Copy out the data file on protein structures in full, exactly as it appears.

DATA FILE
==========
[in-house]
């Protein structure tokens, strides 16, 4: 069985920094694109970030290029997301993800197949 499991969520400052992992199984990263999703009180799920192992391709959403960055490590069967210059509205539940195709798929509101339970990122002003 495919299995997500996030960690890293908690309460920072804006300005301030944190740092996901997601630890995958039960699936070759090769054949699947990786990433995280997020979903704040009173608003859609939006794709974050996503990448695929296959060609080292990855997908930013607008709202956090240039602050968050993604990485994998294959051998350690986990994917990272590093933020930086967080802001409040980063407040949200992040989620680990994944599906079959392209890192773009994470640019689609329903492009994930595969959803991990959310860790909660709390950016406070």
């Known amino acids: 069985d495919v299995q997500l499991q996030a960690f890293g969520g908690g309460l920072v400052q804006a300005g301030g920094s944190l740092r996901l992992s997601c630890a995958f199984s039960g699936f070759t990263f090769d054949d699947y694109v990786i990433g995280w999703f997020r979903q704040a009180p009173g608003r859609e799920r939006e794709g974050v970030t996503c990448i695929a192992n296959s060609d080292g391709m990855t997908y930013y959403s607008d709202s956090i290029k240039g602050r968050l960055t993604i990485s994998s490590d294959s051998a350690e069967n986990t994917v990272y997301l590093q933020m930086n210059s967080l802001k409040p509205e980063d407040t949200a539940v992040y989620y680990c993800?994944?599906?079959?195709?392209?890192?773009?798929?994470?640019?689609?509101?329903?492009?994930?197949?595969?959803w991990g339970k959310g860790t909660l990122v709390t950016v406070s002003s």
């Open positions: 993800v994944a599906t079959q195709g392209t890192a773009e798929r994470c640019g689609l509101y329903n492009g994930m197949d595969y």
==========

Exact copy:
[in-house]
């Protein structure tokens, strides 16, 4: 069985920094694109970030290029997301993800197949 499991969520400052992992199984990263999703009180799920192992391709959403960055490590069967210059509205539940195709798929509101339970990122002003 495919299995997500996030960690890293908690309460920072804006300005301030944190740092996901997601630890995958039960699936070759090769054949699947990786990433995280997020979903704040009173608003859609939006794709974050996503990448695929296959060609080292990855997908930013607008709202956090240039602050968050993604990485994998294959051998350690986990994917990272590093933020930086967080802001409040980063407040949200992040989620680990994944599906079959392209890192773009994470640019689609329903492009994930595969959803991990959310860790909660709390950016406070």
């Known amino acids: 069985d495919v299995q997500l499991q996030a960690f890293g969520g908690g309460l920072v400052q804006a300005g301030g920094s944190l740092r996901l992992s997601c630890a995958f199984s039960g699936f070759t990263f090769d054949d699947y694109v990786i990433g995280w999703f997020r979903q704040a009180p009173g608003r859609e799920r939006e794709g974050v970030t996503c990448i695929a192992n296959s060609d080292g391709m990855t997908y930013y959403s607008d709202s956090i290029k240039g602050r968050l960055t993604i990485s994998s490590d294959s051998a350690e069967n986990t994917v990272y997301l590093q933020m930086n210059s967080l802001k409040p509205e980063d407040t949200a539940v992040y989620y680990c993800?994944?599906?079959?195709?392209?890192?773009?798929?994470?640019?689609?509101?329903?492009?994930?197949?595969?959803w991990g339970k959310g860790t909660l990122v709390t950016v406070s002003s």
């Open positions: 993800v994944a599906t079959q195709g392209t890192a773009e798929r994470c640019g689609l509101y329903n492009g994930m197949d595969y």